Milites Dei takes theoretical learning such as Specialist Security Practices NQF Level 4, SAQA ID 57713 and adds survival and bush craft games to it. In this way students physically engage in nature as well as the challenges there within. The facilitators thereafter relate the theories and practical games back and forth. Concepts such as water procurement, building a shelter from bushes, packing sandbags, bush ovens, paintball gun games, obstacles, tracking, and hiking, etcetera are explored. This is very similar to learning through playing computer games.

On Minecraft’s Web Page (http://www.minecraft.net) the creators write ‘… is a game about breaking and placing blocks. At first, people built structures to protect against nocturnal monsters, but as the game grew players worked together to create wonderful, imaginative things. It can also be about adventuring with friends or watching the sun rise over a blocky ocean. It’s pretty…’

In Milites Dei’s Bush Camp Ego and on the Sanderson Farm it is pretty as well and the games engaged in facilitates learning. There are no monsters.

In a Stanford Report, March 1, 2013 by RF Mackay called “Playing to learn: Panelists at Stanford discussion say using games as an educational tool provides opportunities for deeper learning. Interaction and opportunities to make choices are among the virtues of the new generation of educational games, experts say.”  In the same article Mackay elaborates on the theories by James Gee, a professor of literacy studies at Arizona State University, who holds degrees in philosophy and linguistics from Stanford, Gee explains ‘… human minds are plug-and-play devices; they’re not meant to be used alone. They’re meant to be used in networks. Games allow us to do that – they allow us to use what Gee calls “collective intelligence” ‘. Available at http://news.stanford.edu/news/2013/march/games-education-tool-030113.html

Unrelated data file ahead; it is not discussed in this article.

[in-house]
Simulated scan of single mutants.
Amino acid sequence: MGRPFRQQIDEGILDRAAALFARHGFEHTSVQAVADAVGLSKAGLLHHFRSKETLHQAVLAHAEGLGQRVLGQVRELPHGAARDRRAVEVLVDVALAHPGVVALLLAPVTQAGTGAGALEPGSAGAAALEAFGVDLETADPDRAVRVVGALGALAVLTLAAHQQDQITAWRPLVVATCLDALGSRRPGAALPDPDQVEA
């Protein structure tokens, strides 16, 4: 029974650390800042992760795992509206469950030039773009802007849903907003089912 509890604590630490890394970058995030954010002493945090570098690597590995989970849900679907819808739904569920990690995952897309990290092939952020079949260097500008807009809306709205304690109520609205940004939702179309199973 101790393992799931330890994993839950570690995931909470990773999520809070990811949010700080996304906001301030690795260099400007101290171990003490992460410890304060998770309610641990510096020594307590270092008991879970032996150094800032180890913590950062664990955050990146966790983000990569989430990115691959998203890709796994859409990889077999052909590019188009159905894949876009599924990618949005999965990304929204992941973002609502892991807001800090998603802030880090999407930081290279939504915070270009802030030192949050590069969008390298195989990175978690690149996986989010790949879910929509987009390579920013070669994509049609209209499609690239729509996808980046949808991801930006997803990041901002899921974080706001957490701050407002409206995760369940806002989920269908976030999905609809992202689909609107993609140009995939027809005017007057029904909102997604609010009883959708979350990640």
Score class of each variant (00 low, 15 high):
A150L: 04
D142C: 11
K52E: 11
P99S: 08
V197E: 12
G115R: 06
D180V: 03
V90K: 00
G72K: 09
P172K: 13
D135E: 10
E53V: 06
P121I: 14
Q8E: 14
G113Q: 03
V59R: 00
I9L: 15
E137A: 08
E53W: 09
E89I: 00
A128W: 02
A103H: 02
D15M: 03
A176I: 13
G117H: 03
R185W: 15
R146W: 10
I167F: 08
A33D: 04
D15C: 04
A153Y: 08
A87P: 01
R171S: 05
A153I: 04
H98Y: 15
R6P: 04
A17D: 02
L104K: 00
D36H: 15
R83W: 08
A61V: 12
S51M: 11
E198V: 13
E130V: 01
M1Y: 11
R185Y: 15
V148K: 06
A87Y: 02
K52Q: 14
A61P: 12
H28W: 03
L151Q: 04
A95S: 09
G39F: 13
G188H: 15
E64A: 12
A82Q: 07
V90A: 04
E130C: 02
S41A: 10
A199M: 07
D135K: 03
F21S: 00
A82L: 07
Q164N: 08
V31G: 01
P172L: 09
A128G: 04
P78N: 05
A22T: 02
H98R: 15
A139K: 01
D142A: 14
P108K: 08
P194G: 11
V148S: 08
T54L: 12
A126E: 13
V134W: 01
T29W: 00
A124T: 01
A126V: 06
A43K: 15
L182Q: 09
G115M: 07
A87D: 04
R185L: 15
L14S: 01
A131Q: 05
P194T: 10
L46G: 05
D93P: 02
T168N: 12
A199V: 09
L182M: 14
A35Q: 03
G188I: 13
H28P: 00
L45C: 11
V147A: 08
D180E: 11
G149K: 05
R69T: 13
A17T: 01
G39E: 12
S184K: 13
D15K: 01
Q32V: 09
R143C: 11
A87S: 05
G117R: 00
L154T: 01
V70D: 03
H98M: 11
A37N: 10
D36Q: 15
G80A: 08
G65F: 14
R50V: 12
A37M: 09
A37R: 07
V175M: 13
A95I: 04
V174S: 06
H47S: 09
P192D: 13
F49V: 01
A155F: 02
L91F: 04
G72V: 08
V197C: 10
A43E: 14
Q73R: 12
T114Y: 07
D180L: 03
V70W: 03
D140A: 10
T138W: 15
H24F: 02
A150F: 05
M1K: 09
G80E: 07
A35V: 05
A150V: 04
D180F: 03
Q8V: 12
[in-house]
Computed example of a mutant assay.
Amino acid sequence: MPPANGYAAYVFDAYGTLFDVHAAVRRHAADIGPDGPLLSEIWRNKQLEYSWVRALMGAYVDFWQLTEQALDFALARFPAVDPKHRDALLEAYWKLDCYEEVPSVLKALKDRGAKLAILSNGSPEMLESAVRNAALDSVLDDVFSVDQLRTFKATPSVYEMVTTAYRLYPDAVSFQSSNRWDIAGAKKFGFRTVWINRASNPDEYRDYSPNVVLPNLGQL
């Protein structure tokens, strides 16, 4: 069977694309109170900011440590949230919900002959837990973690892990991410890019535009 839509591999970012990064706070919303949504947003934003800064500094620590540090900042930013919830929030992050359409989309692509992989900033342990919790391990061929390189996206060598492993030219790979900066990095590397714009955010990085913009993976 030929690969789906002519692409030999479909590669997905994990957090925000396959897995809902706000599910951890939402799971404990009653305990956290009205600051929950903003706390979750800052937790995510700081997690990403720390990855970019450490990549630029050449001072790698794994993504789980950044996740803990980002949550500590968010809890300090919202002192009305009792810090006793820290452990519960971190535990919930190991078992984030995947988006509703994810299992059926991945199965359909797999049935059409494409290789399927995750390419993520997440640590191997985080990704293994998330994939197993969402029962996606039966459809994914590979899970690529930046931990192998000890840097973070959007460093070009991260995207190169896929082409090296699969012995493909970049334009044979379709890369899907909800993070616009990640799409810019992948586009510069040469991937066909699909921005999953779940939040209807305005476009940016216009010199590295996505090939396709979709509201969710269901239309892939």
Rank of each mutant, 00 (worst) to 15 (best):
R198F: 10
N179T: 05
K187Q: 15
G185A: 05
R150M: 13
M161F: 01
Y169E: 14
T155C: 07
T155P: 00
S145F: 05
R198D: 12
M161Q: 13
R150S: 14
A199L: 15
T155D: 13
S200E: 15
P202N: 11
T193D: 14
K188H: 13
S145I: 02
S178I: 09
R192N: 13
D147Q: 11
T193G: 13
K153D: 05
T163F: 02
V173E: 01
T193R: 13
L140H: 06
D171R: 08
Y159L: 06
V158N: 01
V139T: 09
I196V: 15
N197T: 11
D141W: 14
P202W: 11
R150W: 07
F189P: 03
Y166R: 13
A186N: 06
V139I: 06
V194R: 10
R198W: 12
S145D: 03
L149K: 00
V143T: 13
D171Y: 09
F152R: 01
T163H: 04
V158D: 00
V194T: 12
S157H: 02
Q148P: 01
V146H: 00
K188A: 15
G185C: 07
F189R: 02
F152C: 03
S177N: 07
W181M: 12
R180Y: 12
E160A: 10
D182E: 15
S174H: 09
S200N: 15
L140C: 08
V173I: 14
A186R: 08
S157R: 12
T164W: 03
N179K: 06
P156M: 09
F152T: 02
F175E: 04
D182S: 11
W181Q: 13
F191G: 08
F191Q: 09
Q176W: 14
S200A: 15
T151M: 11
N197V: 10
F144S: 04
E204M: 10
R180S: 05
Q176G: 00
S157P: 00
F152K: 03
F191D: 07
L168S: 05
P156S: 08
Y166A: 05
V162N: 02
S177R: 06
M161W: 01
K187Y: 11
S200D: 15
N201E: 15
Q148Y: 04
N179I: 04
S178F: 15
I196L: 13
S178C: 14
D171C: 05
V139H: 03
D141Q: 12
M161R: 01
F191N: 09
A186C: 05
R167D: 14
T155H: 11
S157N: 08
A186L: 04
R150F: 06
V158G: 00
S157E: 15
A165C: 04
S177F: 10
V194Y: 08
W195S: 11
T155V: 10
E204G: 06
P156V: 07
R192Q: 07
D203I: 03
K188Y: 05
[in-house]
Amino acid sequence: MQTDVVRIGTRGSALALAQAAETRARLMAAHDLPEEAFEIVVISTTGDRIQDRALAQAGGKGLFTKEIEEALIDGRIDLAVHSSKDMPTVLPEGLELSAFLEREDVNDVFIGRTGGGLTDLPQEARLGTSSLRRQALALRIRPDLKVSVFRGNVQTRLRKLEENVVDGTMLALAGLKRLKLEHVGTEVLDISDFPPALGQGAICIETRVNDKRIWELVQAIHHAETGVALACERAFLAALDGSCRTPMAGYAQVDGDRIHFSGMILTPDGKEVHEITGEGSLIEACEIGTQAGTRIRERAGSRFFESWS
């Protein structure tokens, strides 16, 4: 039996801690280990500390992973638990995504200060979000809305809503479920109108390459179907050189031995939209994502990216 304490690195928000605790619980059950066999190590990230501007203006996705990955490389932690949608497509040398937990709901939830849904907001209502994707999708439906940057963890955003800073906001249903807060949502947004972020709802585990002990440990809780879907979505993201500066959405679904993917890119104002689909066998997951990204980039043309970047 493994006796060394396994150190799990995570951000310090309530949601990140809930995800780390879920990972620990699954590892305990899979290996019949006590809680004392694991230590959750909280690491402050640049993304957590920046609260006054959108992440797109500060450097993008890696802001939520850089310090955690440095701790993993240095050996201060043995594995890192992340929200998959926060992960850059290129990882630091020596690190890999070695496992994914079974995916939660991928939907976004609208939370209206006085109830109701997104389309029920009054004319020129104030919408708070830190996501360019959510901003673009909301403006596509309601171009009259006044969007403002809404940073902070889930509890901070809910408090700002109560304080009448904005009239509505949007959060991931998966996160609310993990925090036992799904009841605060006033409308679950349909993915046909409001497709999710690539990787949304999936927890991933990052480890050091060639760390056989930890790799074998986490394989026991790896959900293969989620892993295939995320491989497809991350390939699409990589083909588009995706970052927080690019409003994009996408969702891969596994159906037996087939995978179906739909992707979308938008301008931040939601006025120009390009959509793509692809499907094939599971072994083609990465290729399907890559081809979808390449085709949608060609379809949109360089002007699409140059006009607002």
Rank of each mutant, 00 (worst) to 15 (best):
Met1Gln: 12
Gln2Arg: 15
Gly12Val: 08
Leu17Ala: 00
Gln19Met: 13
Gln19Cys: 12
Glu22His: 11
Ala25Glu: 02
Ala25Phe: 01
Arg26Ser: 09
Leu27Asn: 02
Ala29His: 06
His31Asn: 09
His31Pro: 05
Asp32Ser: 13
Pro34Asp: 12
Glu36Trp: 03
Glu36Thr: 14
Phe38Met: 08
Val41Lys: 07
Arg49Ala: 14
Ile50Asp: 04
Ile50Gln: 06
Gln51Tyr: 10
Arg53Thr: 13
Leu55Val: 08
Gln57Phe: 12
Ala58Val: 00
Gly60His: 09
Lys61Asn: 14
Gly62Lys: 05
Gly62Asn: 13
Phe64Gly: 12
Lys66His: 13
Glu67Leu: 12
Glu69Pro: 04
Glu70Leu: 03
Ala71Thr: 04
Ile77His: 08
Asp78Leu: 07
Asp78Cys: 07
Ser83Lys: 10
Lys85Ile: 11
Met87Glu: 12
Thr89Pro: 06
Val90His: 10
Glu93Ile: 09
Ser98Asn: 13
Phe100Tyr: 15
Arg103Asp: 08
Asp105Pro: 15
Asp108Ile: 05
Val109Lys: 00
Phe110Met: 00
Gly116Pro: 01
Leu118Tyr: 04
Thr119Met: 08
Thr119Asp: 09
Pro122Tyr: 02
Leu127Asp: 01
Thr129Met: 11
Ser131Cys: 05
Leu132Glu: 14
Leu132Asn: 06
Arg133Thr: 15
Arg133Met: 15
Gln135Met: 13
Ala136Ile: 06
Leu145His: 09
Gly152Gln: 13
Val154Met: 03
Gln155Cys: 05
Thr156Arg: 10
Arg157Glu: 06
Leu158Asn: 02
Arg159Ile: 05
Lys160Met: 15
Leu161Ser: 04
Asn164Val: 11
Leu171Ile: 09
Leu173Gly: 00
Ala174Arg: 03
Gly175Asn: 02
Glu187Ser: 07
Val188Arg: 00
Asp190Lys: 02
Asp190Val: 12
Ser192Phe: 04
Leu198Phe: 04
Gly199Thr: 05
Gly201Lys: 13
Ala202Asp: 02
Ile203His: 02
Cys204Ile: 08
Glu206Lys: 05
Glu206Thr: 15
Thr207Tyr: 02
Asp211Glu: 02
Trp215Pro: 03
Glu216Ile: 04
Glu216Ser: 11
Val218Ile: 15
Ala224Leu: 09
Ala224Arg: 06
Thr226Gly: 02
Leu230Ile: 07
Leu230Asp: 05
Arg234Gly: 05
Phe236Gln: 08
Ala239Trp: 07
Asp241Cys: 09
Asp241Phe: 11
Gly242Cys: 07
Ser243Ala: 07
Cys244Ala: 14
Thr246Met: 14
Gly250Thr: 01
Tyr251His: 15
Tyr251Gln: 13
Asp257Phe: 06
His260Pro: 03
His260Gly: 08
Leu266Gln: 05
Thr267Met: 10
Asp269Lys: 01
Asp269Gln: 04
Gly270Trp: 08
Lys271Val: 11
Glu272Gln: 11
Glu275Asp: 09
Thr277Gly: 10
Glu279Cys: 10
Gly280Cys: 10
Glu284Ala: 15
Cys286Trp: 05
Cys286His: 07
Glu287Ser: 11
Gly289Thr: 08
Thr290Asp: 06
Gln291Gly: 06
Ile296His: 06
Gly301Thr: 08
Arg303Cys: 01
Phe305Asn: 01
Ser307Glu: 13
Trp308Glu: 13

Education for Indigo Kids

Kids Today are Different…PMH ATWATER, LHD writes ‘…and they are driving their parents nuts, education has failed us,…’. Just in my circle of friends there are numerous children that did not complete high school. Yet, they are highly intelligent, internet savvy, experts in certain fields, excellent communicators and exhibit many talents.  In addition, they are not economically active and in most cases the parents still take care of them. Atwater continues to explain that our children of today face a major challenge, namely unemployment and if we as adults are not going to actively get involved, these children will either revert to ‘…drugs, sex and digital addictions…’. Thus, we could make a difference by not giving up. That our youth will also reinvent the world. In Atwater’s book, ‘Children of the Fifth World’ it is explained that the children of today have what it takes and that we adults needs to understand them and they in return need to understand themselves. These children are referred to, amongst other names, as the Indigo Children.  The Indigo Children need ‘…mentors, adults willing to guide, teach, test and give of themselves; to show not preach’.

Milites Dei Training AcademEMY SCHOOLS SPECIAL Jock of the BushveldMilites Dei Training Academy offers South African accredited qualifications and customised and adjusted according to the student’s needs. Students will be exposed to the beauty of nature as well as the challenges there within while practically engaging the theories of real life.